Biaxial bending may be separated into separate uniaxial bending components under circumstances laid down in Eurocode 2 5.8.9 . For pure biaxial bending, where the bending components lay on the two centroid axis of inertia, the problem solution has computational difficulties. If a design software is not used, and calculation developed by hand, it should be processed by iterations; in such case it's convenient to adopt the rectangular stress diagram for concrete.

Given a section subjected to an axial force Ned applied on the centre of gravity, and to two bending components Meyd e Mezd expressed by two vectors orientated along a couple of orthogonal axis y e z with origin in the centre of gravity. In general, the existence of a stress distribution that gives place to resistance greater or equal to the action effects must be demonstrated, as well as the fact that the straight line that connects the centre of gravity of the compressed zone with the centre of gravity of the tensioned reinforcement is perpendicular to the resultant bending vector Med. This implies that the eccentric axial force must also lay on that line. Axial Force NRl)<RN) Figure 6.9. Interaction diagram for rectangular section

6.2 Shear C6.2.2 Shear capacity of members without shear reinforcement

6.2.2 Members not requiring 6.2.2.1. Shear flexure capacity design shear reinforcement Most shear failures occur in the region of the member cracked in flexure. It is necessary to make a distinction between shear flexure and shear tension. In this chapter only shear flexure is regarded, which can be considered as the general case.

In ENV 1992-1-1 the equation for the shear capacity of members without shear reinforcement was VRdi = [TRd k (1.2 + 40 pl) + 0.15acp]bwd (6.7)

Where

TRd basic shear strength, which follows from TRd = 0.25fctk,o.o5/yc. k factor allowing for the size effect, equal to k = 1.6 - d (m) > 1 pl flexural tensile reinforcement ratio, As/bwd < 0.02 CTcp design axial stress (if any) = Nsd/Ac bw minimum web section

The are two shortcomings with regard to the use of this equation. At first the role of the concrete strength is not correct, as was demonstrated in [Walraven, 1987, pp. 68 - 71.] For lower strength concrete classes the deviations were not yet very large, but if the strength increases the deviations soon reach an unacceptable level.

The second problem is that the equation has principally been derived for beams, failing in shear flexure and is not valid for members which typically fail in shear tension. Such members are for instance prestressed hollow core slabs, which nearly always fail in shear tension, in the area where the member is not cracked in flexure. Applied to such members Eq. 6.7 would give unnecessary conservative results.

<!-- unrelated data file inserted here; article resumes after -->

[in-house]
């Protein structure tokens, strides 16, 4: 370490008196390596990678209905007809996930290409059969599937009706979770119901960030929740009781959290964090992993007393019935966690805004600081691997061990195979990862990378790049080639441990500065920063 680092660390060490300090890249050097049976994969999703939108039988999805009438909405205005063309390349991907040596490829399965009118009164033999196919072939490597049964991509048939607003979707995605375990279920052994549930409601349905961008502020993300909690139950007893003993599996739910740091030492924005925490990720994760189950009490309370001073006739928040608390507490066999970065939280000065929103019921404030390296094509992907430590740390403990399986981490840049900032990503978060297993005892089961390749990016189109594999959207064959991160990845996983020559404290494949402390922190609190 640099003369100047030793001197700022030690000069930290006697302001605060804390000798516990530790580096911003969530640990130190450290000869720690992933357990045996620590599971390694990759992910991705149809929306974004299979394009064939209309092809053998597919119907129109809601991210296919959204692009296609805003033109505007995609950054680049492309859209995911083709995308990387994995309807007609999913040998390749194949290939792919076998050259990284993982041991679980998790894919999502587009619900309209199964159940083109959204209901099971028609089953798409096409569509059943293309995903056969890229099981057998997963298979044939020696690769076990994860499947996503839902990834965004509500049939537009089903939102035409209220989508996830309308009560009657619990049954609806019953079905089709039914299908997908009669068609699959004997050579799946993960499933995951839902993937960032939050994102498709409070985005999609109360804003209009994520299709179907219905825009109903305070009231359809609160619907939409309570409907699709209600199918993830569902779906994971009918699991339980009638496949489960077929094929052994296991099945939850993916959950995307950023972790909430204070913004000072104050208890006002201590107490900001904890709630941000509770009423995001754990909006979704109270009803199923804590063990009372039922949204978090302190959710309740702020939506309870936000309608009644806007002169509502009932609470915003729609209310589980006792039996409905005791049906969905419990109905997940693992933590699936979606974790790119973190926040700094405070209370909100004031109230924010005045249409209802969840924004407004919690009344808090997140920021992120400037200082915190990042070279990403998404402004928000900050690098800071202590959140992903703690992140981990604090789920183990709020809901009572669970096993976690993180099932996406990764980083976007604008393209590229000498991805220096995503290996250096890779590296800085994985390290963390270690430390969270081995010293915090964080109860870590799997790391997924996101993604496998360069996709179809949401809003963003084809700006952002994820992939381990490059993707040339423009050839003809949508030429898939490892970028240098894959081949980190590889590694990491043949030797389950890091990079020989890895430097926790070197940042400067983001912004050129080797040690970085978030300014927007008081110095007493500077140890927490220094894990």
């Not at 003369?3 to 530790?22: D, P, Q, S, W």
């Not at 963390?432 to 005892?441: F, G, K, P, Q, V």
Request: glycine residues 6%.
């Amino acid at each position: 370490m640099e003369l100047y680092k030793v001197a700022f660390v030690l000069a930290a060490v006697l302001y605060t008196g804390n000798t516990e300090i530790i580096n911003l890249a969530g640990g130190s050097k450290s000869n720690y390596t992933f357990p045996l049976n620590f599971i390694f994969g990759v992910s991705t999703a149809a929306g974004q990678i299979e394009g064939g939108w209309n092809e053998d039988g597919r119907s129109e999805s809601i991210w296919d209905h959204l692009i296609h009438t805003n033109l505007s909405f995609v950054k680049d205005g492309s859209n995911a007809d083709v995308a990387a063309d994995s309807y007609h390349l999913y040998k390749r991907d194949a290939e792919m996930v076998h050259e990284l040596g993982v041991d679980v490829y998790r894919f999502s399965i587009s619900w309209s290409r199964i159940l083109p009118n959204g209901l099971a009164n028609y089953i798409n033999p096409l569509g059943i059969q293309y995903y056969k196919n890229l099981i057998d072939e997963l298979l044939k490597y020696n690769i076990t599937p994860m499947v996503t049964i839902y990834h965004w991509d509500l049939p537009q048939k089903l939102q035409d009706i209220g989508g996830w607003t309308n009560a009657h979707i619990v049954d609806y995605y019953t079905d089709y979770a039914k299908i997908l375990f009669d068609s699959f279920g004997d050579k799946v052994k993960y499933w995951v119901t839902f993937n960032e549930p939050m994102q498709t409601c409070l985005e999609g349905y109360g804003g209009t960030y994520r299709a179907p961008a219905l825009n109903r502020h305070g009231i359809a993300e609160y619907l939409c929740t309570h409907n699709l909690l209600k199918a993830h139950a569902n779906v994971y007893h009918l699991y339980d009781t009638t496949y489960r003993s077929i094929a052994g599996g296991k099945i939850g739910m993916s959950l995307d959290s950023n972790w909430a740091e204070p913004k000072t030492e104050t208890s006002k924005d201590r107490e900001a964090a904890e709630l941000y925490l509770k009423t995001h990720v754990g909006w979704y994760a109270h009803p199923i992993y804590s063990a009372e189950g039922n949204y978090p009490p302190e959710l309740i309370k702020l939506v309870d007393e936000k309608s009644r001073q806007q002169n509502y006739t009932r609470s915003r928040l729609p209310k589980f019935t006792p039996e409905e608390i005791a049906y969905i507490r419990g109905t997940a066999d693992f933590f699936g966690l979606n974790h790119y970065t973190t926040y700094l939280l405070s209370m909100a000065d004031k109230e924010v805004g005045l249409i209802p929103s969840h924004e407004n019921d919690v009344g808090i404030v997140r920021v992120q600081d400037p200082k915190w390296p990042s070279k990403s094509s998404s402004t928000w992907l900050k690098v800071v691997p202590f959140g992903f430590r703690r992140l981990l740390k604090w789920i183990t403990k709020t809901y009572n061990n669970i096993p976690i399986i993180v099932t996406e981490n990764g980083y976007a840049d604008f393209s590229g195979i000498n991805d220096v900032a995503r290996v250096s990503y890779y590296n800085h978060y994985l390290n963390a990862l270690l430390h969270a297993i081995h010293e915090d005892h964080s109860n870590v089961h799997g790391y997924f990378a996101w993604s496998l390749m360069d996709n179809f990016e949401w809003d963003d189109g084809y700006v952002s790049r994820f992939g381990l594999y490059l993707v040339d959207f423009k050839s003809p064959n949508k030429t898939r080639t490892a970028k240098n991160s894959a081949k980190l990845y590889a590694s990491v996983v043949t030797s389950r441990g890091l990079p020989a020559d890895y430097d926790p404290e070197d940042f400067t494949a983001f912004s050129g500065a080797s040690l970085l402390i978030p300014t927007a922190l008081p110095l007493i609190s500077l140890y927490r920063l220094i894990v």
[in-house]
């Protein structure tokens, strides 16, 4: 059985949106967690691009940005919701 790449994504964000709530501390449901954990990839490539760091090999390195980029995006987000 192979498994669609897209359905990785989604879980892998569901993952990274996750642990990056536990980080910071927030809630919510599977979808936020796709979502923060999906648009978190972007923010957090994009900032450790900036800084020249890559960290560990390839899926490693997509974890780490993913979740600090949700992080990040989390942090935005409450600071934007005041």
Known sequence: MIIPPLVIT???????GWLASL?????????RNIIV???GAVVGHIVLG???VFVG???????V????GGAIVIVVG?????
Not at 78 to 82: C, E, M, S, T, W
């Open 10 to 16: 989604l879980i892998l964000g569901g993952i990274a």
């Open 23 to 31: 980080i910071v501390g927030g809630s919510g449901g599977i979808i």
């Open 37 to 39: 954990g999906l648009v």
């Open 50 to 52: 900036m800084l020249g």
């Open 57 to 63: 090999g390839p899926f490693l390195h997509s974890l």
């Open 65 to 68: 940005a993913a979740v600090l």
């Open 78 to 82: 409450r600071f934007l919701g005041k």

The recommendations for the determination of the shear flexure capacity of members not reinforced in shear are given in chapter 6.2.2 of prEN 1992-1-1:2001. The basic formula is given as Eq. 6.2.a in this document. This equation has been derived in the following way. The basic equation adopted, which was believed to take appropriate account of the most important influencing factors like concrete strength, longitudinal reinforcement ratio and cross-sectional height was

where k = size factor = 1 + (200/d)1/2 pl = longitudinal reinforcement ratio fc = concrete cylinder strength (N/mm2) C = coefficient to be determined A selection was made of a representative number of shear tests, considering a parameter variation as wide as possible and as well as possible distributed within practical limits. This was already done by König and Fischer (1995). An overview of the test parameters is given in Fig. 6.10. Then for every test result the optimum value C was determined. If the distribution is normal, Fig. 6.11 a lower bound value for C was determined according to the level 2 method described in [Taerwe, 1993 ] with the equation:

where a sensitivity factor, equal to 0.8 for the case of one dominating variable (concrete strength) ß reliability index, taken equal to 3.8 according to [Eurocode, Basis of Structural design, Draft version 2001 ] v standard deviation If the distribution turns out to be log-normal, Fig. 6.11, the equation is

In these equations a reliability index ß = 3.8 means a probability of occurrence of 0.0072%. König and Fisher (1995) carried out this procedure for 176 shear tests.

ratio of reinforcement relative frequencies tor NSC and HSC ret frequencies ratio of reinforcement relative frequencies tor NSC and HSC ret frequencies